Violence and Female Labor Supply
Zahra Siddique ()
No 11874, IZA Discussion Papers from Institute of Labor Economics (IZA)
This paper explores whether fear and safety concerns have an impact on behavior such as female labor supply in a developing country context. The effect of media reported physical and sexual assaults on urban women's labor force participation in India is investigated by combining nationally representative cross-sectional microeconomic surveys carried out between 2009 and 2012 with a novel geographically referenced data source on media reports of assaults. I find that a σ increase in lagged sexual assault reports within one's own district reduces the probability that a woman is employed outside her home by 0.44 percentage points (or 3.6% of the sample average). I find this effect despite ruling out several sources of unobserved heterogeneity. This effect is also robust to a number of sensitivity checks. Consistent with a model in which women make investments to overcome fear in the presence of economic incentives, I find that the effect of local violence on labor supply is weaker among women from poorer households. I also find this effect to be weaker among high caste Hindu women, but strong among Muslim women.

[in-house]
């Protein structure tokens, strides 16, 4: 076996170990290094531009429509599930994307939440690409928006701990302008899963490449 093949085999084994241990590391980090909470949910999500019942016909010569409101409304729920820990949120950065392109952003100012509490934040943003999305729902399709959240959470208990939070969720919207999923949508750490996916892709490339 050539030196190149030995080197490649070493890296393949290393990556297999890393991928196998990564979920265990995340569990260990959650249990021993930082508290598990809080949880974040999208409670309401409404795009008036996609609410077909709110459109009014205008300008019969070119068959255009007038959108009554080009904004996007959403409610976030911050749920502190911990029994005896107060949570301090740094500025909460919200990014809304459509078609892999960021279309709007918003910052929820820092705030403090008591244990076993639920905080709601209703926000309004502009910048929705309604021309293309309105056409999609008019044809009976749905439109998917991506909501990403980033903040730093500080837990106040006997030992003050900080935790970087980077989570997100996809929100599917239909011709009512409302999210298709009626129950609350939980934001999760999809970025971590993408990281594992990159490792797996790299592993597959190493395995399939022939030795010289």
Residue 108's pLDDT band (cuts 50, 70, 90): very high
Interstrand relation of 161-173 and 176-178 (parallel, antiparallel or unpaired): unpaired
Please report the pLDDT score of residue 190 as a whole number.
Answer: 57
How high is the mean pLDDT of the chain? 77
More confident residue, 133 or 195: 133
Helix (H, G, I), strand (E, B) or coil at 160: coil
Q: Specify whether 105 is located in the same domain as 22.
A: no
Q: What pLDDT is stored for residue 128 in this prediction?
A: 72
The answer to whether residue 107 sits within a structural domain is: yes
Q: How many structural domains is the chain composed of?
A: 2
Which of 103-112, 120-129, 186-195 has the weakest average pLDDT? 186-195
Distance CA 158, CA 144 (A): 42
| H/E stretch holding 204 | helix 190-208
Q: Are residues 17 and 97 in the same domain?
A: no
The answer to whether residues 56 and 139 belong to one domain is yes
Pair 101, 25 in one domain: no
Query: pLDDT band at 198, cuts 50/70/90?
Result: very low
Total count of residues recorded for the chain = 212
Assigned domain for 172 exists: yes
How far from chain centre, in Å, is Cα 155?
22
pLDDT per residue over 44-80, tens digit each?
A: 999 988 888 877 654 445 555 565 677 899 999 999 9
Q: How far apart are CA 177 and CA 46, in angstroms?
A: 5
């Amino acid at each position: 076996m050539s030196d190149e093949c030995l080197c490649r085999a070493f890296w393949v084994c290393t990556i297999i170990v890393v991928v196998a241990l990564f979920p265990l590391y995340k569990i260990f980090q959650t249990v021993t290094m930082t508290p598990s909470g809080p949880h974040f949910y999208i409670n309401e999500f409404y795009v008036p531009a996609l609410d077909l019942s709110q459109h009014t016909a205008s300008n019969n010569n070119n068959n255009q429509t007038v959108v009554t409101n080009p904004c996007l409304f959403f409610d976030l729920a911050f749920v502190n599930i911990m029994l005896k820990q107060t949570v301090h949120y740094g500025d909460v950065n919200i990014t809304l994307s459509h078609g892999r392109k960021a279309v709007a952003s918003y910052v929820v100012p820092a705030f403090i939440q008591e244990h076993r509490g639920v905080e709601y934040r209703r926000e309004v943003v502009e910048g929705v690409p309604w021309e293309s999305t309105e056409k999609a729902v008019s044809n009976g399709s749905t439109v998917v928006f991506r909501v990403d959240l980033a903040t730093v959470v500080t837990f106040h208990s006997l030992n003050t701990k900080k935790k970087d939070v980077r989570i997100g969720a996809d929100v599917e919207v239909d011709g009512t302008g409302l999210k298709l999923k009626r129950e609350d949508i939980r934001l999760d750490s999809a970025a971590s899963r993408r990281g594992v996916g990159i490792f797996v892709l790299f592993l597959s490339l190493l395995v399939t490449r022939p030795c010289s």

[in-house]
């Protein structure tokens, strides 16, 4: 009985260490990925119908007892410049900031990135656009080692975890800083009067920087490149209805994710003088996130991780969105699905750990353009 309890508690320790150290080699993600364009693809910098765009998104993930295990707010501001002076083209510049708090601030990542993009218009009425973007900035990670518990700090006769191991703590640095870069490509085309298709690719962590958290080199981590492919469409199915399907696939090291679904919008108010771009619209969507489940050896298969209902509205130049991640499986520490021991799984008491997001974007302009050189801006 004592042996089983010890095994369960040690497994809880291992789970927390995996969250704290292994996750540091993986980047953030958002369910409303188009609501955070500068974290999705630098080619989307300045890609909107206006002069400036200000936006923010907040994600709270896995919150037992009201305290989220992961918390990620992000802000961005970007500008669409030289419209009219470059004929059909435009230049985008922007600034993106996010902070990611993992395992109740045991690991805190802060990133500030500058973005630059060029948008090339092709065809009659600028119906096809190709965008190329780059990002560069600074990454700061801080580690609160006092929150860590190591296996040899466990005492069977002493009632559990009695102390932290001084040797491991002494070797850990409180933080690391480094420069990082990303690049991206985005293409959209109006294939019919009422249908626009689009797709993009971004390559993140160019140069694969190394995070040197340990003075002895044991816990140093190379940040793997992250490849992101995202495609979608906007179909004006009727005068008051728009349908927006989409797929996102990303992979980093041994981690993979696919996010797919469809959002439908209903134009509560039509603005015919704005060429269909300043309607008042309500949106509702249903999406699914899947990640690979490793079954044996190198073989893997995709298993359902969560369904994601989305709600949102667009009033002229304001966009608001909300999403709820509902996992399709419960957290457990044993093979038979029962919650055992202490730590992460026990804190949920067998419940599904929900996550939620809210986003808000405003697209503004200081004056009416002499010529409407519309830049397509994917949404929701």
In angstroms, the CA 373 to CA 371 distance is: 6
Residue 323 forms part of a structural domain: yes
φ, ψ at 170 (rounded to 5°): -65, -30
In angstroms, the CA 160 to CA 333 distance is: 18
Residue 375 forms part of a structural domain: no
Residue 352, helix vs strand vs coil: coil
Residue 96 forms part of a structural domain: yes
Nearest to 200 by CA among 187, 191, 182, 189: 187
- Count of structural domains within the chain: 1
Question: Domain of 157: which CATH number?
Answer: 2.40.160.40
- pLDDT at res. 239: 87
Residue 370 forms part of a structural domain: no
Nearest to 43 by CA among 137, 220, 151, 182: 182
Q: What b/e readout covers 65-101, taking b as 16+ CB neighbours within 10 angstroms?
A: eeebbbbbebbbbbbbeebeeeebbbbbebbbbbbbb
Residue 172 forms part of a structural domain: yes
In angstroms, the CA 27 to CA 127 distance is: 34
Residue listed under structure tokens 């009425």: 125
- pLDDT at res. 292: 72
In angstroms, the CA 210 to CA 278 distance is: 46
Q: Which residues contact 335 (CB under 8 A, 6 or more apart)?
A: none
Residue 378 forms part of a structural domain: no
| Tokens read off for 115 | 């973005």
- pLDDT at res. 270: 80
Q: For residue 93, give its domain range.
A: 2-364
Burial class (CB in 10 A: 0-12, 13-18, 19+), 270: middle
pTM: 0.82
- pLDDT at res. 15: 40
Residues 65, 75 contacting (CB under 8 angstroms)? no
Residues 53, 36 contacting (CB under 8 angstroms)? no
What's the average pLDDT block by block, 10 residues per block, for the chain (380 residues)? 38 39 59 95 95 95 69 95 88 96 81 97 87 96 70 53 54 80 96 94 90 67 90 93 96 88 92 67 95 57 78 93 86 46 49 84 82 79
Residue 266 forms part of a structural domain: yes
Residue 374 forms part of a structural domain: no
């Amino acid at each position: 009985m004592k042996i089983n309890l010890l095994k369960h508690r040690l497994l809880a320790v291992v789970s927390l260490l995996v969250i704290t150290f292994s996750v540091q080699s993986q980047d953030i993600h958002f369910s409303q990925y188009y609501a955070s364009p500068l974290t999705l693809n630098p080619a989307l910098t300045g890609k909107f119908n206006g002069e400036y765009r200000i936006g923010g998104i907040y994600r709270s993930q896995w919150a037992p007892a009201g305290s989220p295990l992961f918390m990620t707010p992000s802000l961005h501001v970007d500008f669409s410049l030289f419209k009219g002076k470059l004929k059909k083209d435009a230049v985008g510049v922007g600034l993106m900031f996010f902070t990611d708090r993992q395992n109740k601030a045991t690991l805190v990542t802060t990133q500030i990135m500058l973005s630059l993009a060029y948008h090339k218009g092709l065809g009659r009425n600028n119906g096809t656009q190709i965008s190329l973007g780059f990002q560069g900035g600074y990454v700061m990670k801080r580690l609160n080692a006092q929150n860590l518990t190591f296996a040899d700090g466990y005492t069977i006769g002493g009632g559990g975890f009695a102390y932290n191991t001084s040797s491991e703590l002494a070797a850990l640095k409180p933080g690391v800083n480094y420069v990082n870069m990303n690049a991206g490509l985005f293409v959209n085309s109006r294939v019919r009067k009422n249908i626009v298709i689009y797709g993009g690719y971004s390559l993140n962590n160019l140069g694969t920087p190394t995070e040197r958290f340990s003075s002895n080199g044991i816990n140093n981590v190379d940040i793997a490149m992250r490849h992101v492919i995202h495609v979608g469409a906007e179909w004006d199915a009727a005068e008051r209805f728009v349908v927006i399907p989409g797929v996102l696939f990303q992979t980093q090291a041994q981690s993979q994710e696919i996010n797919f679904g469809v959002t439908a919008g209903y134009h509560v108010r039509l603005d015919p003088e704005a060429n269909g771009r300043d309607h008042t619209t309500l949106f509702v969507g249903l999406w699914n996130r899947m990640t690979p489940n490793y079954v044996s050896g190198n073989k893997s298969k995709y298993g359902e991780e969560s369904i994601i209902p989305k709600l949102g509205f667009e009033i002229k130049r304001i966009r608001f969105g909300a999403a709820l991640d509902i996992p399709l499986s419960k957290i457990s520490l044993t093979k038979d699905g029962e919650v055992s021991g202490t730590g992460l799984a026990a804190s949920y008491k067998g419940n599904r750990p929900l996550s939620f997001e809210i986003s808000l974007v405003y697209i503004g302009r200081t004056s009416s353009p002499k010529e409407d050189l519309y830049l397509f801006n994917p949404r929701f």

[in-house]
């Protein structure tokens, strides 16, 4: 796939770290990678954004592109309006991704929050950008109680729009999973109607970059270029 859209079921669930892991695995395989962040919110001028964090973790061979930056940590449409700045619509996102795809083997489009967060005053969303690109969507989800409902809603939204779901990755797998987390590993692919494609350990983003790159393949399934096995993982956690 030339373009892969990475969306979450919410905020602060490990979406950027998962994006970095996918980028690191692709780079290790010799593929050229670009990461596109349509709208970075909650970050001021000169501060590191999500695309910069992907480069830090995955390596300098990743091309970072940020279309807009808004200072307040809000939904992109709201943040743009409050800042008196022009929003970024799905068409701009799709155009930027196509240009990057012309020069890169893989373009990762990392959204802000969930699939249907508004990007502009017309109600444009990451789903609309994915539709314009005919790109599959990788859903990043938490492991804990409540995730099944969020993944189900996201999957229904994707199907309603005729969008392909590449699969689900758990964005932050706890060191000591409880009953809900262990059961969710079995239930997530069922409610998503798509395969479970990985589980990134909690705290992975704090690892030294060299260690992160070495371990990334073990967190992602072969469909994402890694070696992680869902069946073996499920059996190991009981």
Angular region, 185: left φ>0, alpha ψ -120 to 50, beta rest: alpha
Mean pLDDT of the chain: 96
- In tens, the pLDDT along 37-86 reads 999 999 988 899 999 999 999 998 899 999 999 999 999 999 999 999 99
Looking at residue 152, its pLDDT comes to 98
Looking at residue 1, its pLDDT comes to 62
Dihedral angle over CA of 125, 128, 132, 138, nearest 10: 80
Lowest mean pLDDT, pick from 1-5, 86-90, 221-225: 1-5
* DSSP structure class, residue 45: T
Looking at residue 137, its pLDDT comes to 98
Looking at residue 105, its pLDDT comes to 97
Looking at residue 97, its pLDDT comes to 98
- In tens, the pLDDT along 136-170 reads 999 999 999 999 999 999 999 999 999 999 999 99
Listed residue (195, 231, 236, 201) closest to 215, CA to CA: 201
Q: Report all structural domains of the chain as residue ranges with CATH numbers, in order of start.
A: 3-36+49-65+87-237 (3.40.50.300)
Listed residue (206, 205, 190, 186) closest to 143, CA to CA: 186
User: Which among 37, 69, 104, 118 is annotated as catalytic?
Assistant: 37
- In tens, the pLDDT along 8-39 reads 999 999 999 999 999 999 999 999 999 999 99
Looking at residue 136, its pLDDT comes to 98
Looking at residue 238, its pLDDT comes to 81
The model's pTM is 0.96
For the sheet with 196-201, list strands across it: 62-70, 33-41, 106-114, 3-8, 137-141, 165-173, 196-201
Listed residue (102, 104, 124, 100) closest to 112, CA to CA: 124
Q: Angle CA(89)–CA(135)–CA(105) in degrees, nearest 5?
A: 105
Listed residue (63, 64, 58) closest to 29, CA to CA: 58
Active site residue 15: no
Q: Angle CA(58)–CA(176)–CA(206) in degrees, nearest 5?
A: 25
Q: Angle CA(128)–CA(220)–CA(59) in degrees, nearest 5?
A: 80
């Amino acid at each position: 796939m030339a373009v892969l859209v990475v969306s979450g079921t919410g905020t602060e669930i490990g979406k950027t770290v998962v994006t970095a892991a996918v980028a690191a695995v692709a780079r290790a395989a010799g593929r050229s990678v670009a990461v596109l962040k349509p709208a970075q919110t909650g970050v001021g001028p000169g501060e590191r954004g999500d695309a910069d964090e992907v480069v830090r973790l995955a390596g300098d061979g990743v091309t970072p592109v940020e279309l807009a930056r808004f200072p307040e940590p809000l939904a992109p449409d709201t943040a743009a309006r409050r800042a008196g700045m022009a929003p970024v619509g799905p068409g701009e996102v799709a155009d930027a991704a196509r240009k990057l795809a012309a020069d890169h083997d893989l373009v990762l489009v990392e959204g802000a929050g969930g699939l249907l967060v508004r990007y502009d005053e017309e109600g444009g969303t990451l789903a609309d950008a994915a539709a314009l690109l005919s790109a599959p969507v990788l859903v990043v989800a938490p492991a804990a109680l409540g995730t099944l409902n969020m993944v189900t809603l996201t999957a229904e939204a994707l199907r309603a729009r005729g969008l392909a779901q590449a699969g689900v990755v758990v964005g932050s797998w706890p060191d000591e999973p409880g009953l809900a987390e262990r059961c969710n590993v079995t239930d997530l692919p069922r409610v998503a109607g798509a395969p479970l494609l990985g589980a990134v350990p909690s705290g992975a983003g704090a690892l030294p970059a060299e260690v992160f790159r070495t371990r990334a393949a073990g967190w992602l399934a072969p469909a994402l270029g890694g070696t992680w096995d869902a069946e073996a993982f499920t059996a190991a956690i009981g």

Keywords: economics of gender; labor supply (search for similar items in EconPapers)
JEL-codes: J16 J22 (search for similar items in EconPapers)
Pages: 38 pages
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Forthcoming - forthcoming as 'Media reported violence and female labor supply' in: Economic Development and Cultural Change, 2021
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Persistent link: https://EconPapers.repec.org/RePEc:iza:izadps:dp11874
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